Community Supervision Agents Raise Money to Help Former Inmates
Baltimore Sun - Online
Akua Zenzele, a community supervision agent in Southeast Baltimore who works with parolees, knows the first few days after being released from incarceration are crucial for former inmates.
Many are paroled with few resources and nowhere to go. Some end up homeless, and without a way to meet basic needs; others wind up back in jail after committing new crimes just to get by. Zenzele, whose job is to monitor those on parole and probation, has seen the cycle play out before.
When she found out that one of her clients was living in a homeless shelter, she decided to try a new strategy to help people get settled as soon as possible. Zenzele and her fellow agents spent a month raising money to provide their clients with toiletries, snacks and office supplies.
Zenzele and her co-workers say they're doing what they can to help get their clients through the difficulties of rehabilitation. Every little bit helps, she said, as the region struggles to reduce the number of homeless former inmates.
"We want to be the example," she said. "We hope other agents will do the same."
There are no reliable estimates of how many homeless people have been in jail or prison, but advocates say it's a major problem in Baltimore. A criminal history can create barriers to finding a job or housing, and many of those people are also battling addiction or mental illness.
City officials recognize homelessness among inmates as a serious problem, said Renard Brooks, re-entry coordinator with the Mayor's Office of Human Services. He said the city is finalizing a program to make an additional 200 housing vouchers, an increase of 40 percent, available for ex-offenders who are homeless and suffer from a mental or physical illness or substance abuse.
Sabree Akinyele runs Our Daily Bread Employment Center in Baltimore, which serves hot meals and helps homeless men find housing and jobs. The center is surrounded by five correctional institutions, she said, and newly released inmates often leave those facilities and walk across the street into her center.
Karen Heyward-West, program manager for employment services and client services at the center, estimated that 80 percent of the people she sees are homeless and have previously been incarcerated.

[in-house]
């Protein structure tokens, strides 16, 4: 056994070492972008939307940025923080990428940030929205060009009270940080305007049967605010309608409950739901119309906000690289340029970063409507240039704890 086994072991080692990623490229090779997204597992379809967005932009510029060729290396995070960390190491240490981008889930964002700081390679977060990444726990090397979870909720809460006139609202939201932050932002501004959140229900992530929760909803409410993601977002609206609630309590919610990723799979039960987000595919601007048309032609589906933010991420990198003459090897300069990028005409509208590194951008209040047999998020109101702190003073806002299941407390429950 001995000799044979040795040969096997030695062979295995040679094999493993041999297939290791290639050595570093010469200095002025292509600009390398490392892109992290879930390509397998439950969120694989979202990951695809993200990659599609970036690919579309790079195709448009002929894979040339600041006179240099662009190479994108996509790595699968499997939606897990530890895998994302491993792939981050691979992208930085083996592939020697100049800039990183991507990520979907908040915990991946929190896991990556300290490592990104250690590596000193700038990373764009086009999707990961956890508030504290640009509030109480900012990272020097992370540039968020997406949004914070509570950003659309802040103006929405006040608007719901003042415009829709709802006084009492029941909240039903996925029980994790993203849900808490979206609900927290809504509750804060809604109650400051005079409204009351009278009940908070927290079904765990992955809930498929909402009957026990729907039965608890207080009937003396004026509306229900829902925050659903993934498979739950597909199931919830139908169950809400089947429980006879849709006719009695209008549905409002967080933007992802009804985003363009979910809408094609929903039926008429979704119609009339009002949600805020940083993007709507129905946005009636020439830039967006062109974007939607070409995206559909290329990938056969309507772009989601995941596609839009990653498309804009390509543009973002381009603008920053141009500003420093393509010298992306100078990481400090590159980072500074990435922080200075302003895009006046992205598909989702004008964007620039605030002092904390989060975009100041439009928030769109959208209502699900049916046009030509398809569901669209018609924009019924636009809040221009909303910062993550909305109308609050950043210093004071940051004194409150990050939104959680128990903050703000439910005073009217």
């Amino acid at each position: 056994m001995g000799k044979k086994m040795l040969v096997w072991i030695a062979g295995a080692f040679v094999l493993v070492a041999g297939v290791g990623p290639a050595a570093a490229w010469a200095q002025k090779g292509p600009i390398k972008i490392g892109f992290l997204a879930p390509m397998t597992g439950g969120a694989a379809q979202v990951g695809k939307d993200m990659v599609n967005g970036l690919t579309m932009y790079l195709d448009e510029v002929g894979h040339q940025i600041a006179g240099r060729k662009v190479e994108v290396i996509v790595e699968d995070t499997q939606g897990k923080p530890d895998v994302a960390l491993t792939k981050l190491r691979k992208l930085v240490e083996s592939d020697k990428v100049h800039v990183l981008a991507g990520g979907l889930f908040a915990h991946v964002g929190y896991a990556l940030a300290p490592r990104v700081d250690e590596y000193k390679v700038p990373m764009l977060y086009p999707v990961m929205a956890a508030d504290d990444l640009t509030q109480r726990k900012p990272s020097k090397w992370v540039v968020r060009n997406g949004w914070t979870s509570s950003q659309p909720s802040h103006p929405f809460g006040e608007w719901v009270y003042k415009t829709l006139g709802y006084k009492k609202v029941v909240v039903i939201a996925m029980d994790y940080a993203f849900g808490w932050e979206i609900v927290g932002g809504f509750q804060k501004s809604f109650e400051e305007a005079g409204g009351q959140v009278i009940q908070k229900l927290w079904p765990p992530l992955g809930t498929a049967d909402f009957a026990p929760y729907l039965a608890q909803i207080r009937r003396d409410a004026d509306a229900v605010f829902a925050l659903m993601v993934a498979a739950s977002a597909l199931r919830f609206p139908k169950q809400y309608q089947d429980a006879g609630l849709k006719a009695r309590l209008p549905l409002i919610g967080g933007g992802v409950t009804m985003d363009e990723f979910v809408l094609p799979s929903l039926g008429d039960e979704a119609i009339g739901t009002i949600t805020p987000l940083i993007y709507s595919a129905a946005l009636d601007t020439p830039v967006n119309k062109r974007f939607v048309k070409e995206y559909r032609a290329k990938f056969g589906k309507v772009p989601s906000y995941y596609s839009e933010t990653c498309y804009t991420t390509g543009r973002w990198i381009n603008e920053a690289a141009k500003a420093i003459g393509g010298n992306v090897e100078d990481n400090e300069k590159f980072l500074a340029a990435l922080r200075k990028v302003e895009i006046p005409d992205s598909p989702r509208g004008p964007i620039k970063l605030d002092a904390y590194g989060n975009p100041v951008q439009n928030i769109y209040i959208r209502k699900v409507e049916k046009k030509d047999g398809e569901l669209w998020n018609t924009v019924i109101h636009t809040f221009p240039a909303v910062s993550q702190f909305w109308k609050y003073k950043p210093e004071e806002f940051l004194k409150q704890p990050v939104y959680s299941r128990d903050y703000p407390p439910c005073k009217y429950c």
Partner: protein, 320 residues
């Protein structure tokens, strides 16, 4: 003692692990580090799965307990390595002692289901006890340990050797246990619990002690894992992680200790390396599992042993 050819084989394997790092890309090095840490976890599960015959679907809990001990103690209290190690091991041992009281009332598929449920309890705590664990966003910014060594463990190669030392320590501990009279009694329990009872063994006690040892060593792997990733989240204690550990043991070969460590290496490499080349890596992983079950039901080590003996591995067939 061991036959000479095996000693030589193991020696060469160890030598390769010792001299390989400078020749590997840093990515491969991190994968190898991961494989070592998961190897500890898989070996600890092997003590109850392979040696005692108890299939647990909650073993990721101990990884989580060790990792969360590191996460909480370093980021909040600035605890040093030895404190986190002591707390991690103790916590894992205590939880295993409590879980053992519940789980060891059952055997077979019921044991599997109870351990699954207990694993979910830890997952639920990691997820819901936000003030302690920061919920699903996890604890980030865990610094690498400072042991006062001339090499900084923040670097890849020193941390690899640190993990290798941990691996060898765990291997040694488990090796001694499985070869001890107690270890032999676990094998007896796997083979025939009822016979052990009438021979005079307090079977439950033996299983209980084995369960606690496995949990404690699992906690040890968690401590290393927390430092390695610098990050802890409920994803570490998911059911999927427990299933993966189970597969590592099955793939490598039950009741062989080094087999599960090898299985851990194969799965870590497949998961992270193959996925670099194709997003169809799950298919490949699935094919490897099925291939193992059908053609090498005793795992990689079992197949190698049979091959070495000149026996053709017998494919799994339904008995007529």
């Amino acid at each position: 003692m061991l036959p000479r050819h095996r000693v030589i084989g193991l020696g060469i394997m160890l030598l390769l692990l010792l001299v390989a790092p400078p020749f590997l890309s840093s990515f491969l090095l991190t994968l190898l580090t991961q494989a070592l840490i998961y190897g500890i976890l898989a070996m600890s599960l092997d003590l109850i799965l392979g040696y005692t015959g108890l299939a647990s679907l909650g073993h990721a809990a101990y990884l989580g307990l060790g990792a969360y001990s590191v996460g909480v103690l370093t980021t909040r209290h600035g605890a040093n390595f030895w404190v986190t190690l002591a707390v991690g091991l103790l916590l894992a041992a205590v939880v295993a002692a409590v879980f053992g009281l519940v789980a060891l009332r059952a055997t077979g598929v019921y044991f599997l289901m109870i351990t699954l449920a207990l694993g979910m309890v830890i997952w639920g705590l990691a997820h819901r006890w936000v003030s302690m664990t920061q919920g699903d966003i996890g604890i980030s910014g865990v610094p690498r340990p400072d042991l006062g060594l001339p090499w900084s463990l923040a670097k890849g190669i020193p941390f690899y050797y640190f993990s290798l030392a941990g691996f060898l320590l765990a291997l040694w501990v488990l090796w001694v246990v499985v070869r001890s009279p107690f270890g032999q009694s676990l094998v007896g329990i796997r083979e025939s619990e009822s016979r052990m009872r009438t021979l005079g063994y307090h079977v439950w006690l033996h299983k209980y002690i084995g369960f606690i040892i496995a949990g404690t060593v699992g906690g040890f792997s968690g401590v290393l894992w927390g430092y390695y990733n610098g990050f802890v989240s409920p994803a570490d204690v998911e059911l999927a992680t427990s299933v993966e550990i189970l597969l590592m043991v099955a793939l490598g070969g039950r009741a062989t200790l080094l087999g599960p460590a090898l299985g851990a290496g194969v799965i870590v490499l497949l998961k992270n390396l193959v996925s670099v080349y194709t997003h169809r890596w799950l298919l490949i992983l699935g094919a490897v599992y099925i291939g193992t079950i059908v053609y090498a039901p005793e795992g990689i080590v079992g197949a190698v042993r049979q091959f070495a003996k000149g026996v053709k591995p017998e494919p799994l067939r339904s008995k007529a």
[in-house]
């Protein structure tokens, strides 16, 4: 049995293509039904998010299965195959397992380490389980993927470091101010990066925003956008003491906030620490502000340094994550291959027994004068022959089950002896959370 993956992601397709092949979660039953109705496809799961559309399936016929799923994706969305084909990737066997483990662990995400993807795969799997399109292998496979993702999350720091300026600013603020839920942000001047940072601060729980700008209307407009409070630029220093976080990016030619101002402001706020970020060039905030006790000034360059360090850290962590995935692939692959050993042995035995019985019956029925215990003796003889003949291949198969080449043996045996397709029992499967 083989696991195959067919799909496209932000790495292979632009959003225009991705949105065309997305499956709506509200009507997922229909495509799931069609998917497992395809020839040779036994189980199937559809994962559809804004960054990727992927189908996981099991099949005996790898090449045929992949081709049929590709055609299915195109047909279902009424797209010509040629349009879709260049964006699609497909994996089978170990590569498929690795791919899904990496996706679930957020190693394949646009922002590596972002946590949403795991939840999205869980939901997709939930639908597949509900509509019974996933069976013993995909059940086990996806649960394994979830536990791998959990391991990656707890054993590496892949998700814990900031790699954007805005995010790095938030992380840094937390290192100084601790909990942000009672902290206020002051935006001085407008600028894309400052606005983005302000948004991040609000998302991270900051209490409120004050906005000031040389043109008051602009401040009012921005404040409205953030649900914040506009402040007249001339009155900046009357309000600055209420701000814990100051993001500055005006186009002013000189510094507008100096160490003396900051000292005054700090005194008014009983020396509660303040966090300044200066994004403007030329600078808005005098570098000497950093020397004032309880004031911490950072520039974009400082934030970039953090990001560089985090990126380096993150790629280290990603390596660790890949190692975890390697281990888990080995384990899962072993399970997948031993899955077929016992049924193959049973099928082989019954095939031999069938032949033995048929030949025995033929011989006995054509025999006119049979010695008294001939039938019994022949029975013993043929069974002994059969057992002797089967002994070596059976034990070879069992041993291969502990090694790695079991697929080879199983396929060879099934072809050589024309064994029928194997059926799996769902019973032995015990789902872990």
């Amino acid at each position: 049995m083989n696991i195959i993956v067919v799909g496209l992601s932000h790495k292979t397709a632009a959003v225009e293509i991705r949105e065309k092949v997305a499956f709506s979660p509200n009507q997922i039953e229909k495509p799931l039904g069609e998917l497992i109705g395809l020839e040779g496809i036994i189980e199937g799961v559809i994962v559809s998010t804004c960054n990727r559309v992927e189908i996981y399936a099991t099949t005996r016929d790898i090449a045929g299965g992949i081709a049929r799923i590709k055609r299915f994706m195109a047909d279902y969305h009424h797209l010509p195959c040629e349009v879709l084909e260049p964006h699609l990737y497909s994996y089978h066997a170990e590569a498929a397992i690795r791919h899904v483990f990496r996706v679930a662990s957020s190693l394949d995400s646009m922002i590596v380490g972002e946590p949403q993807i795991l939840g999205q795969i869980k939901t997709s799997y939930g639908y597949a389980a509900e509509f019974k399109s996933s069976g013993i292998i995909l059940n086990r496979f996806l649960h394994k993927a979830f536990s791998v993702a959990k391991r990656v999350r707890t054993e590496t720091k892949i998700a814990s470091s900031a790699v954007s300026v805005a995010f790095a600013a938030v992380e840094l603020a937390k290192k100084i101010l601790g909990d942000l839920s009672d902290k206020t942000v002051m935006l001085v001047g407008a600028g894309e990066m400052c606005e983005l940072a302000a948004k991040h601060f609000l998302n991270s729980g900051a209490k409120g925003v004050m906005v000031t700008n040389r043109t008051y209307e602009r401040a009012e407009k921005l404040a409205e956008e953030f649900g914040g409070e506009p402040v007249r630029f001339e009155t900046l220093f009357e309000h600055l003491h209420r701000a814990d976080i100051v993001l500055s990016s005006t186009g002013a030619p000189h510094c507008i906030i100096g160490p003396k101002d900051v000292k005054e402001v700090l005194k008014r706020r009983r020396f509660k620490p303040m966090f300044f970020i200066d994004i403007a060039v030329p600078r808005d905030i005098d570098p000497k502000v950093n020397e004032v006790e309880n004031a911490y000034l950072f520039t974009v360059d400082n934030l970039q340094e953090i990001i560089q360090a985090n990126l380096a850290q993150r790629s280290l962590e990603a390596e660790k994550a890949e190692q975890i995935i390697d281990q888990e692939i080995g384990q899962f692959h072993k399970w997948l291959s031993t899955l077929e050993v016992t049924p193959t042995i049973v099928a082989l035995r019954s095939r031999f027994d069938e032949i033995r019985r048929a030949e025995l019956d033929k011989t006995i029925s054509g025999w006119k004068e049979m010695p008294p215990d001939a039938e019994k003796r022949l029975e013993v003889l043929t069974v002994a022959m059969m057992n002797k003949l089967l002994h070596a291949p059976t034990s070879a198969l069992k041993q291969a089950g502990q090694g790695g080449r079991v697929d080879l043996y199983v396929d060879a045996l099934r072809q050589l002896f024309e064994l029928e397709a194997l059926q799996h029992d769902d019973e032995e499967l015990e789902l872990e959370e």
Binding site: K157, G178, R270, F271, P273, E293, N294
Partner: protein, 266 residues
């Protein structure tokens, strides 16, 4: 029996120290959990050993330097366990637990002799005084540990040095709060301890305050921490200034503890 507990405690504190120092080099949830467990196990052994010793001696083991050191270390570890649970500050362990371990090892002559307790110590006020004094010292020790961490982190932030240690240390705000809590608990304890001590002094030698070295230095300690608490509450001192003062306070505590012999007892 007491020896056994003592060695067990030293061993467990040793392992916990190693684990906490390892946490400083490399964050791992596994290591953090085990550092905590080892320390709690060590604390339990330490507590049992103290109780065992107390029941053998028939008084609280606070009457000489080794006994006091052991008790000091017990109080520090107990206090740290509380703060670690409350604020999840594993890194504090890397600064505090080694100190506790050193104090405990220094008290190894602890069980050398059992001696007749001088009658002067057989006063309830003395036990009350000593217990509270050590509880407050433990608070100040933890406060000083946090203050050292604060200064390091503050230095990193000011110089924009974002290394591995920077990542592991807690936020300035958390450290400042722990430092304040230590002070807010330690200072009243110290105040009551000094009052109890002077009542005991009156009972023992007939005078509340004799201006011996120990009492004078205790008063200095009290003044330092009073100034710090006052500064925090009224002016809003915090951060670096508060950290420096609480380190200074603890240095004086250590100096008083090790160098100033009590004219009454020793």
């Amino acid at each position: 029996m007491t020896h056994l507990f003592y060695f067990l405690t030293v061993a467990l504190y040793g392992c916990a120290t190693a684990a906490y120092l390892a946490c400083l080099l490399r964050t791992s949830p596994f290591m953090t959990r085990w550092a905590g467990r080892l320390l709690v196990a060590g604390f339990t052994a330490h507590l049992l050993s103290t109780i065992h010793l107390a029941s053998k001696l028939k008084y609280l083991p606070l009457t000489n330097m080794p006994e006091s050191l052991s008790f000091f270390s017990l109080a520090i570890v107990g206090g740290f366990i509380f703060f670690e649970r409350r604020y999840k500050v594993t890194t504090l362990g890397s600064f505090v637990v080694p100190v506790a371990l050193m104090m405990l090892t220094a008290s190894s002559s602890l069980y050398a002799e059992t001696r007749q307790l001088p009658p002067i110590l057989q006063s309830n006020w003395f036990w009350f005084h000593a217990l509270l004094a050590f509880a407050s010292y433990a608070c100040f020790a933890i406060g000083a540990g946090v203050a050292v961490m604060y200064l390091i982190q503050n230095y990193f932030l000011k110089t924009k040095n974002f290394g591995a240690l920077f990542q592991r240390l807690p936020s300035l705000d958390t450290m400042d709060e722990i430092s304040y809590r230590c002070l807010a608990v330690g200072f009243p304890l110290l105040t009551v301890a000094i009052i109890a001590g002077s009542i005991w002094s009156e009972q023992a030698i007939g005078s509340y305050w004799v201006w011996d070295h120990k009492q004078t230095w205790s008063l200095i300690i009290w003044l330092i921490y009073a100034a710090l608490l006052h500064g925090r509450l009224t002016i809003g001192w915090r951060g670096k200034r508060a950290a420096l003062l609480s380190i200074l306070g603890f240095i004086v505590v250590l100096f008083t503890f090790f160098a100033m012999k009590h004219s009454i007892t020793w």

About 6,100 offenders whose primary conviction came from a Baltimore court were released from Maryland state prisons in fi
scal year 2012, said Mark Vernarelli, spokesman for the Department of Public Safety and Correctional Services. Across the country, between 650,000 and 700,000 people are released from state and federal prisons each year, and about 9 million people are released from jails, said Leah Kane, deputy program director of the National Reentry Resource Center.
The reasons for homelessness vary. Sometimes, people who have housing before entering prison or jail don't upon release because their relationships with the people they were living with suffered during their incarceration, Kane said.
For others, the situation can be more complex. Several experts mentioned the cyclical nature of incarceration and housing instability, saying that many people who are chronically homeless and filter in and out of the criminal justice system also have a history of mental illness or substance abuse. It can be hard to address those problems when a person doesn't have reliable housing.
People are less likely to attend treatment programs or look for a job if they're worried where they're going to sleep that night, Kane said. And when people don't have housing, they tend to fall back on old patterns.
Andy McMahon, with the Corporation for Supportive Housing, an organization that works to develop affordable housing options for vulnerable populations, called housing "a linchpin to all these other things that are important."
Last week, the Southeast Baltimore supervision agents assembled 50 bags to give to their clients — a first step in providing some relief from what they acknowledge is a persistent problem. ShaQuetta Nottage, a supervisor, said she wanted to have enough supplies on hand to be able to immediately step in during a crisis. A person might be fine now, she said, but something could happen tomorrow that threatens that stability.
As she helped load bags, Joy Williams, a supervision agent, said she thought the gift would be a source of encouragement for former inmates who are struggling as they readjust to life outside jail or prison. And, she added, giving something back to the community helps put a different face on an agency that's often seen as tough and unsympathetic.
"We want people to be able to know we are very much concerned," she said.